Originally published on Thursday, February 24th
Russia’s invasion of Ukraine last week laid bare the complex and often under-appreciated influence foreign policy has on the fate of climate policy around the world.
Economic interests are the usual suspect when considering why climate action has been so slow despite decades of effort, but fossil fuels aren’t merely an indispensable energy source. As the crisis in Ukraine shows, they are also a big stick that allows major diplomatic powers like the United States and Russia to grapple for leverage in tense times.
The result so far from the Ukraine crisis is that two of the world’s leading emitters are ramping up fossil fuel consumption mere months after committing to extremely ambitious reductions targets.
Germany has worked hard to take the mantle of the world’s leader on climate action. Europe’s largest economy has committed to cut emissions by 65% by 2030, and joined the United States in signing one of COP26’s few tangible agreements to drastically reduce methane emissions over the next decade.
But critical to that strategy is a steady supply of natural methane gas, which German lawmakers selected as a “transition fuel” to support its economy while the domestic renewable energy sector grows to utility scale.
The problem these days is that no less than 60% of Germany’s chosen transition fuel is imported from Russia. This Faustian arrangement gives Russia considerable leverage over how German lawmakers craft their response to the Ukraine invasion, while injecting uncertainty around a critical energy source that is already in short supply.
Germany’s exposure to disruptions from Russian gas supply brings with it renewed skepticism about the country’s strategy to drawdown coal and nuclear energy simultaneously.
The last of Germany’s nuclear power will shut down at the end of this year, leaving behind a 13.3% hole in German energy supply compared to just last year. With access to Russian gas now up in the air, German utilities have been forced to revert back to coal to compensate for an even steeper-than-expected shortfall of energy.
And since domestic mines have closed, where are they importing most of this coal from, you ask? Russia.
The result is a climate policy, and its much dirtier backup policy, dependent on greenhouse gas-intensive energy from a geopolitical rival.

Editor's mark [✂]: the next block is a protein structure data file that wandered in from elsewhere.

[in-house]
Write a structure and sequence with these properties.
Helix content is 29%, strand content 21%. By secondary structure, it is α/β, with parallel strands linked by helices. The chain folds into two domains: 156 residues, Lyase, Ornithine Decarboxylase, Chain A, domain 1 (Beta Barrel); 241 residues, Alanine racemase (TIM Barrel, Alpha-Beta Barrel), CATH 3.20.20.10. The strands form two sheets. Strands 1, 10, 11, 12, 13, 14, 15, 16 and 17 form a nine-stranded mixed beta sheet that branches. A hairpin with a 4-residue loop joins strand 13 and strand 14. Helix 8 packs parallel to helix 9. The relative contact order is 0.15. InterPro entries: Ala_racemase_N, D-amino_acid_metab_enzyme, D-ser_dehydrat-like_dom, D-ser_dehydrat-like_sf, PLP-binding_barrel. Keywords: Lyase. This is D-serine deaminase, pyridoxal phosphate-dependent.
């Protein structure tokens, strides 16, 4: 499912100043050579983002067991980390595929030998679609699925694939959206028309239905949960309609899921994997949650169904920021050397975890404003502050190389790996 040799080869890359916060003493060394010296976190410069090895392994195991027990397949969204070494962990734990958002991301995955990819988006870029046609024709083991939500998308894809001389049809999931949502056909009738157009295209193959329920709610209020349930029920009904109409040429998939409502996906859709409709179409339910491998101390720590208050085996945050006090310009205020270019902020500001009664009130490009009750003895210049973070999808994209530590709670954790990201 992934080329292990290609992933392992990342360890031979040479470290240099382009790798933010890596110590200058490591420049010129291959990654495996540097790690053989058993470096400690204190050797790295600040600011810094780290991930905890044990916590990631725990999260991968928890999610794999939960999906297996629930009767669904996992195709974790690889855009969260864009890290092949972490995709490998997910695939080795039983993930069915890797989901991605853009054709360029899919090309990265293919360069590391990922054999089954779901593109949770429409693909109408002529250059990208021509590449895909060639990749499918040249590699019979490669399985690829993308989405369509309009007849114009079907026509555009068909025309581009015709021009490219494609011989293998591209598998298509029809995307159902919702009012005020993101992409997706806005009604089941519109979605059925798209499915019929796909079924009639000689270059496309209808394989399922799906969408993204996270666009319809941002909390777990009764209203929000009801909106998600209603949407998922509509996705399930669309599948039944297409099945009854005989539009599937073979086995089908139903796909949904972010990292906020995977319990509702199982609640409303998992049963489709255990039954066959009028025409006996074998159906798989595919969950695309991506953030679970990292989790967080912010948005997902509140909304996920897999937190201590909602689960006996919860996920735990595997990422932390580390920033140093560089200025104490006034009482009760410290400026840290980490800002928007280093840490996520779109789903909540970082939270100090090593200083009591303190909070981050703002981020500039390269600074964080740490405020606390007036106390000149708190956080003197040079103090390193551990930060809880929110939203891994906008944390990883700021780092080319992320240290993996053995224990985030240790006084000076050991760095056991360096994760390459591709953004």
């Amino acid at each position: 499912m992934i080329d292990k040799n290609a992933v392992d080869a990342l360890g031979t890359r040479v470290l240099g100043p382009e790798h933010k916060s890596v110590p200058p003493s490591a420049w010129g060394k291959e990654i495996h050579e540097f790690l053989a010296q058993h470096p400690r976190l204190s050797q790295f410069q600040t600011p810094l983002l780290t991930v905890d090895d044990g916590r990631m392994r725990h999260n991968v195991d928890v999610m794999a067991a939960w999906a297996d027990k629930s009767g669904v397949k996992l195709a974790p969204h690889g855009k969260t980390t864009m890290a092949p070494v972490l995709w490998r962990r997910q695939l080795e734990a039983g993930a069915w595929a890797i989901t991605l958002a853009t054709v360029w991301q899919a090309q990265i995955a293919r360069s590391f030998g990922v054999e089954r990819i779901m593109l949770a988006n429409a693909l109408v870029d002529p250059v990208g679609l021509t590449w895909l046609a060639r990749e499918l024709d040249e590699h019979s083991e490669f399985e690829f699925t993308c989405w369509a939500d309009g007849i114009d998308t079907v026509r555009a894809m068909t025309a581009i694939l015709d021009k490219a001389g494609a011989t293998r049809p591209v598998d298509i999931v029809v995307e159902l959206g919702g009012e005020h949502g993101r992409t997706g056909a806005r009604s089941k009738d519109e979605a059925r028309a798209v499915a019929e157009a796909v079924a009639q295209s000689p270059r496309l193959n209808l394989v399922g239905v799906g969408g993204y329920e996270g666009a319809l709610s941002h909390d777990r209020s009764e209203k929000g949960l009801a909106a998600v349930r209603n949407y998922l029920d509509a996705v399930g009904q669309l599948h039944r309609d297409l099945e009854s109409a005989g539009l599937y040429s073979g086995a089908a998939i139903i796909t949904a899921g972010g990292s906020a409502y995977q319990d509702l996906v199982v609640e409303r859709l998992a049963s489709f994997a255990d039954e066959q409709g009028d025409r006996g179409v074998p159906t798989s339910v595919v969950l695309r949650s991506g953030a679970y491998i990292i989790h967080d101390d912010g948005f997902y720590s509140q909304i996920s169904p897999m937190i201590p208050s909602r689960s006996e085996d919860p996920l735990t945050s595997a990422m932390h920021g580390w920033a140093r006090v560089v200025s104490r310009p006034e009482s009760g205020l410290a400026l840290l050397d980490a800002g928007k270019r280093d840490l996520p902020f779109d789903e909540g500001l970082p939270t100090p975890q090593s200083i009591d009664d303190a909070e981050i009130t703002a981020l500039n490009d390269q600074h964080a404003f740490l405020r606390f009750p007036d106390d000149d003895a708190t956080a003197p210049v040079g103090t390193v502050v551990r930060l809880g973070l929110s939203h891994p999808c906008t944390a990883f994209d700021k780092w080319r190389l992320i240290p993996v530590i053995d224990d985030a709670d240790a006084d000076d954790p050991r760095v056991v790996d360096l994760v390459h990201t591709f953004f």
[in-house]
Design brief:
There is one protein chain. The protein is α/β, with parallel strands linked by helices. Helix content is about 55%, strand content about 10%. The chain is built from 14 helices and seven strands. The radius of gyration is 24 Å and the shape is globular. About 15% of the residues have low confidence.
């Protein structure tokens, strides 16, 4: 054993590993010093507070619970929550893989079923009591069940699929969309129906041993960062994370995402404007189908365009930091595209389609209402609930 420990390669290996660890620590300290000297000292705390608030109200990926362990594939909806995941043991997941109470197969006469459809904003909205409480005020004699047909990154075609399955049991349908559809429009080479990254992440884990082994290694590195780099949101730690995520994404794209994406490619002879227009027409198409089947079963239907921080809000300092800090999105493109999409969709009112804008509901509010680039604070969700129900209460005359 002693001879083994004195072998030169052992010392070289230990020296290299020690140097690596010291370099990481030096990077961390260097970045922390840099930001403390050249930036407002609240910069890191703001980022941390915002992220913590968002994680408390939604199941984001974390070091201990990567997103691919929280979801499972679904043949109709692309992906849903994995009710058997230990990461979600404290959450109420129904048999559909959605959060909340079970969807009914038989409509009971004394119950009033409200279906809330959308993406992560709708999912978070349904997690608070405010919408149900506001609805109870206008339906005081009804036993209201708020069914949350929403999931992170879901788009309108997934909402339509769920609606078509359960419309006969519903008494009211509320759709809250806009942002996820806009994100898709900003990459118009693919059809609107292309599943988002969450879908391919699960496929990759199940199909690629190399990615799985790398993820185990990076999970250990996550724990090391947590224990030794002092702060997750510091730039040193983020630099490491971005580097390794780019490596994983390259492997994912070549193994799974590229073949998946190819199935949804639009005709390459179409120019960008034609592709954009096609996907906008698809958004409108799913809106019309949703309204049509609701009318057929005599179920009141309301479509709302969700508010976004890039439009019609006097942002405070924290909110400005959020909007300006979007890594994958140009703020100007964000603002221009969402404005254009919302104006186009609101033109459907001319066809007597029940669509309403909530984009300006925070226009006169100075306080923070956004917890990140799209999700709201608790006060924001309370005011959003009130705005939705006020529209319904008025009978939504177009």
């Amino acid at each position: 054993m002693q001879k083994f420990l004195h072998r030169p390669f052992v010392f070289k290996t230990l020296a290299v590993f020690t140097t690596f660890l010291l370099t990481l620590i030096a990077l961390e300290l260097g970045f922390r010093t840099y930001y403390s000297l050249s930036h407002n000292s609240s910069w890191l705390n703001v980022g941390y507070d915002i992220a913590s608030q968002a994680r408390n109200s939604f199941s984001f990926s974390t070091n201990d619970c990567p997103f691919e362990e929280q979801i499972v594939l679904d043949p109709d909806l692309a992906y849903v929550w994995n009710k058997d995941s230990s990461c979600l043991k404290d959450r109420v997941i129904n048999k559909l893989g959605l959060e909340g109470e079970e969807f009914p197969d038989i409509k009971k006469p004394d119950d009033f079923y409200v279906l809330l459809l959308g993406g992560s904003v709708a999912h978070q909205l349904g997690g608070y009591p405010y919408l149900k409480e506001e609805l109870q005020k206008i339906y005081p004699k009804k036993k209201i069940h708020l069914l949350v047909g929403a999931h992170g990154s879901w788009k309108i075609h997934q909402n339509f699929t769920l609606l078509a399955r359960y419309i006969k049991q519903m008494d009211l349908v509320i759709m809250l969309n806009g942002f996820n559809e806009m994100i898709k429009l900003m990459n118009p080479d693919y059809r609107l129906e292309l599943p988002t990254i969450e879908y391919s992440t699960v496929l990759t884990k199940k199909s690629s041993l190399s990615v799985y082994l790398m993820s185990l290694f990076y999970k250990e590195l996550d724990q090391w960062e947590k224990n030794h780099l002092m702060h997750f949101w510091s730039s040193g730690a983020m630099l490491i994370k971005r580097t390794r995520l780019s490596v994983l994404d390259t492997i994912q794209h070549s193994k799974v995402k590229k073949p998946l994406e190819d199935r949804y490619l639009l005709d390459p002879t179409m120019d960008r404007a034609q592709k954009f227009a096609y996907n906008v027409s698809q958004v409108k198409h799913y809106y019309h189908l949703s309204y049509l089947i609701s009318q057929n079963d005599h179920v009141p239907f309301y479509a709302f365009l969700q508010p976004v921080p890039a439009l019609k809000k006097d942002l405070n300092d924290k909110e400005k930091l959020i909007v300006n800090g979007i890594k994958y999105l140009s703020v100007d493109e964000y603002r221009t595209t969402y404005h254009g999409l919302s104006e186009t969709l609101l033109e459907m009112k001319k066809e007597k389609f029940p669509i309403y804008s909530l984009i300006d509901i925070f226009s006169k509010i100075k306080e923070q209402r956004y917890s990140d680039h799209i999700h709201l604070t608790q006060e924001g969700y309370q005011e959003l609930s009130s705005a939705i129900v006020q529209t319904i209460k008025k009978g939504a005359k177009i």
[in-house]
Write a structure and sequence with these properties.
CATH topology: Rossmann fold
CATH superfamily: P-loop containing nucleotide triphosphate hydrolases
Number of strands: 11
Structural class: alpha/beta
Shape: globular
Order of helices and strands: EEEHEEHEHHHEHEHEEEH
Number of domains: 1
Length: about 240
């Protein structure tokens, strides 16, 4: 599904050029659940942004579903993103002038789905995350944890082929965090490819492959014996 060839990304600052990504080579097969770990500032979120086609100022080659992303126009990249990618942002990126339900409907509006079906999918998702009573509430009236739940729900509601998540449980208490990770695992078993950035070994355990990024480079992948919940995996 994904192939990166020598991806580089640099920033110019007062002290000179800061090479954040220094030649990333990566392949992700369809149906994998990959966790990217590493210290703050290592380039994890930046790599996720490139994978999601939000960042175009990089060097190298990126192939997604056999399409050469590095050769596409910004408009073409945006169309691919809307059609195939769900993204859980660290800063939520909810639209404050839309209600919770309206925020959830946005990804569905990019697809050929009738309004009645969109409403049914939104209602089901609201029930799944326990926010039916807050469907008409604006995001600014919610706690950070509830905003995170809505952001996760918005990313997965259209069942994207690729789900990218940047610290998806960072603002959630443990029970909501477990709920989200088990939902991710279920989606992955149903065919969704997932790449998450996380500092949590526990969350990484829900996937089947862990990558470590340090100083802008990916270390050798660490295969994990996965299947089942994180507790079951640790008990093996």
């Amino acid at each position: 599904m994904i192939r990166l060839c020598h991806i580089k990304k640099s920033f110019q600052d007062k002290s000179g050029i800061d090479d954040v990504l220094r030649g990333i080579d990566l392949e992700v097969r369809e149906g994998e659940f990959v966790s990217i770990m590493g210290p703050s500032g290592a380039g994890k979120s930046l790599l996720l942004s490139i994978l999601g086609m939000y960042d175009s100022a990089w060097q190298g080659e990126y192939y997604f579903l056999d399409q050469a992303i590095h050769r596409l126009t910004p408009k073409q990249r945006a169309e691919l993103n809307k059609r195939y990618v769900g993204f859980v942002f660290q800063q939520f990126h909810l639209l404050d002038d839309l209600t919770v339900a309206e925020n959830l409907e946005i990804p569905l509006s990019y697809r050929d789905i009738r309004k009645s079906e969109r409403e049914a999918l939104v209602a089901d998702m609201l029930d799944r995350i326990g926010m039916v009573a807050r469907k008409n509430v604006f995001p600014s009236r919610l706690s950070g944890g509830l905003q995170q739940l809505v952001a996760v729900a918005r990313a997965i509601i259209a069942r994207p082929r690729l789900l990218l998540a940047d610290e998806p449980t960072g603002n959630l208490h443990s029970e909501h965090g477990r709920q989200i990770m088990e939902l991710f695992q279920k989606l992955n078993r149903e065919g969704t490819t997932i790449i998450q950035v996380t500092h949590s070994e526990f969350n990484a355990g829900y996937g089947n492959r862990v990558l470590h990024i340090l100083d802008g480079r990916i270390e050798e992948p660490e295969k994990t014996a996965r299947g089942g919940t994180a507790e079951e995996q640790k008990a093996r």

Chancellor Olaf Scholz has intimated his administration will push back nuclear plant closures to avoid a more serious energy crunch than the one that nudged Germany’s emissions upward by 4% at the end of last year. His economics minister went further, calling the country’s gas dependence “politically wrong,” and “no longer justifiable.”
Meanwhile, on the other side of the NATO alliance, United States fossil fuel producers have seized on the Ukraine chaos to bump up production of liquified natural gas (LNG). In January, American exports of LNG to Europe surpassed Russia’s deliveries for the first time ever.
Legendary energy writer Daniel Yergin hailed the surge in American fossil fuel output as an augur of an American comeback on the global stage.
The more gas Europe buys from the United States, the theory goes, the less influence Russia wields, and the faster it sinks economically. With its economy in tatters, Russian leaders will be more likely to come to the negotiating table and cut a deal on Europe’s and America’s terms.
Yergin notes that if Russia were to cut off all Ukrainian natural gas to Europe, the United States would be able to fill the gap.
The strategy is a call back to 2015, when fossil fuels were at the heart of the United States’ negotiations with another major geopolitical rival: Iran.
In the lead-up to the 2015 Iran nuclear negotiations, Iran withheld crude oil from the global market, believing that a hike in global oil prices would lead to greater leverage. Then, as now, American oil producers increased capacity to keep prices down, forcing Iran to negotiate.
The unspoken loser among each of these diplomatic victories, however, was the planet.
To the extent that fossil fuel diplomacy advances America’s interests, it also runs roughshod over the proverbial blood, sweat and tears American diplomats expended at COP26 to wrangle an agreement on methane emissions. Since climate diplomacy formally began in 1995, emissions have skyrocketed, due in no small part to parallel diplomatic maneuvers that have kept fossil fuels alive.
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